Each semester I mentor and manage a team of four public relations interns. Through trial and error, I’ve developed an internship program that enables students to get the most out of their experience while being sure they add value to our office.
Here are my tricks and tips to helping these fledgling PR pros earn their wings:
1. Alleviate first-day boredom.
I remember sitting at my desk alone for the first few hours with nothing to do at one of my internships. For the past three semesters, our interns have marveled at how we threw them in immediately—sink or swim.
On the first day, our interns go through an orientation. I review the basics, show them examples of the work they’ll be doing, and give them a full tour of the office. We also skim the internship guidelines, a 10-page document with almost all the information they need to get started. The document is updated each semester to pre-address issues I see with each batch of interns.
I also have three easy starter assignments for the interns on their first day:
- Self-evaluation: Using the same criteria we use in their midterm and final reviews, the interns rate their skills. This helps the interns see the areas we’ll be evaluating and gives us a comparison for skill growth at the end of the internship.
- Goals: I ask the interns to establish three to five goals related to skills or projects. This helps me assign work that fits their interests and ambitions.
- Writing: To help the intern learn more about our writing formats and styles, I have them complete a news release about themselves and a feature story about another fellow intern. With these assignments, I can point out common errors and issues.
2. Ensure growth through mentorship.
One-on-one conversations can be immensely helpful to a young professional, so I implemented monthly mentorship sessions to aid in professional growth and networking. Often, the first mentorship session will be with me at the local coffee shop. I also schedule lunches with our vice president and encourage the students to attend professional development events with me.
3. Save your sanity with technology.
Managing four interns—and your own workload—can feel a bit like herding ferrets that are stoked on Red Bull.
I use Asana to minimize headaches and manage assignments and deadlines. The online app enables me to see a full history of a project, including a recording of the date it was assigned and any notes entered by the intern or by me.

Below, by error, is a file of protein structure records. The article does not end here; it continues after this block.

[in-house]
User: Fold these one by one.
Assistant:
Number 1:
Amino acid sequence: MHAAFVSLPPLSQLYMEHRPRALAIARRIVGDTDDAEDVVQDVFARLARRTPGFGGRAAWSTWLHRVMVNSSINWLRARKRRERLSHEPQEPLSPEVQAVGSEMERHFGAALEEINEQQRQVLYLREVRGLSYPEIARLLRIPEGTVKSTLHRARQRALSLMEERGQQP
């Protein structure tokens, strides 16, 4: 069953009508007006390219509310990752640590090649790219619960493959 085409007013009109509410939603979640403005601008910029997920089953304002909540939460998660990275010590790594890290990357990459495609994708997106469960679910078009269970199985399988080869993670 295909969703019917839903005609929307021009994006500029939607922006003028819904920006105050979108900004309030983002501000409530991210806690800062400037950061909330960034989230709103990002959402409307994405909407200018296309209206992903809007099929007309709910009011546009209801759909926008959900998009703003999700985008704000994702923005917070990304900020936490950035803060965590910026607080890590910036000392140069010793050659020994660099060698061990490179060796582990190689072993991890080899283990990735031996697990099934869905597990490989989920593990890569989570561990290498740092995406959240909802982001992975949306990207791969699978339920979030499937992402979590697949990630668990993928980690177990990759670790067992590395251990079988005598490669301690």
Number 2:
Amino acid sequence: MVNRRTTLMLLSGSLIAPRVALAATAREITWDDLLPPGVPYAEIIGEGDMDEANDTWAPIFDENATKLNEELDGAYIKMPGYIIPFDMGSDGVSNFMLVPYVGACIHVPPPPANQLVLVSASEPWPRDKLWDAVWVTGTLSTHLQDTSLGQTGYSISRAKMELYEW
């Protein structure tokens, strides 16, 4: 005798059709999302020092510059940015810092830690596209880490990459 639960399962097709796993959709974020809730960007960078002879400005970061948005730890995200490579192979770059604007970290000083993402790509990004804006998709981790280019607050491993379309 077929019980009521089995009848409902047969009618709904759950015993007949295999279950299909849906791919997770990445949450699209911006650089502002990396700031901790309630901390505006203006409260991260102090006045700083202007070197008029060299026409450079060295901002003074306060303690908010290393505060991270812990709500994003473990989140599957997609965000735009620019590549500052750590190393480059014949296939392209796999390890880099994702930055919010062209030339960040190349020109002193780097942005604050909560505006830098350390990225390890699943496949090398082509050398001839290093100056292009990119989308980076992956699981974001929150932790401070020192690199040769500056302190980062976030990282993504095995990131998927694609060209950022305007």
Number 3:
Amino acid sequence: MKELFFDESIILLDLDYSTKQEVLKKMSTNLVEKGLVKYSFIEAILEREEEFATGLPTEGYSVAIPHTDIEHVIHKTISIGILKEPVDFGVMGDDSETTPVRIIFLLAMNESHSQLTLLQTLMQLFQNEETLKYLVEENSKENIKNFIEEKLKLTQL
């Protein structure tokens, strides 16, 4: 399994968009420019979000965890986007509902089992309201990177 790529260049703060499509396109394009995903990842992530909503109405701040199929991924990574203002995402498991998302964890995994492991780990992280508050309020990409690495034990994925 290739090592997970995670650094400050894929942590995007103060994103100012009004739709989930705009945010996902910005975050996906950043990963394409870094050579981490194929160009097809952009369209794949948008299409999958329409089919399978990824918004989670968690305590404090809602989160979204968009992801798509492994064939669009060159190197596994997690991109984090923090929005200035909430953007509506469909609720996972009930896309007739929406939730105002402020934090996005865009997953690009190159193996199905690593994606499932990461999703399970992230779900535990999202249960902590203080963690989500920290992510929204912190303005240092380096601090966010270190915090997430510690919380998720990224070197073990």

This is incredibly helpful when juggling multiple projects and interns. I’ve also created an “Open Intern Assignments” area in the app where I put any unassigned work. This enables the interns to “claim” projects that fit their interests.
Because the interns often use their own laptops, I’ve required all assignments to be saved in an internship-specific Dropbox folder. Each intern has his or her own file, as well as access to files related to bigger projects they work on together. This prevents me from having to frantically text an intern when they forget to send me a document before heading off to class.
Group projects can get messy. When the interns were collaborating on a communication plan last semester, I remember being utterly confused as to which version was the most recent. Because of that, I now require a consistent file-naming format. It enables me to know which version of a document is the most recent and prevents me from editing the wrong one if an intern is out of the office.
4. Constant coaching is essential.
I remember receiving some tough feedback at the end of one of my internships. I had wished someone had chatted with me earlier about some perceived issues. Our interns receive three official evaluations during the semester.
Though it seems early, the initial evaluation has been incredibly valuable at addressing issues right away. We give this evaluation in the first two to three weeks to put straying interns back on track.
The midterm evaluation is a great checkpoint for showing the interns where their skills have grown and where they should put more focus.
The final gives them a good idea of how their skills have grown over a full semester. At the end, we turn the tables and ask the interns to evaluate our internship program and individual team members.
I use SurveyMonkey, which averages scores from each employee for the intern. Sometimes an intern will score very high in an area with one person, but very low with another. I always see this as a great opportunity to discuss perceptions and working with different personalities.
What other tips and best practices do you have for managing interns? Please discuss in the comments.
Rachel Esterline Perkins works for Central Michigan University, her alma mater, as the associate director of public relations and social media within University Communications. She blogs at Venturesome. A version of this article originally appeared on PRtini.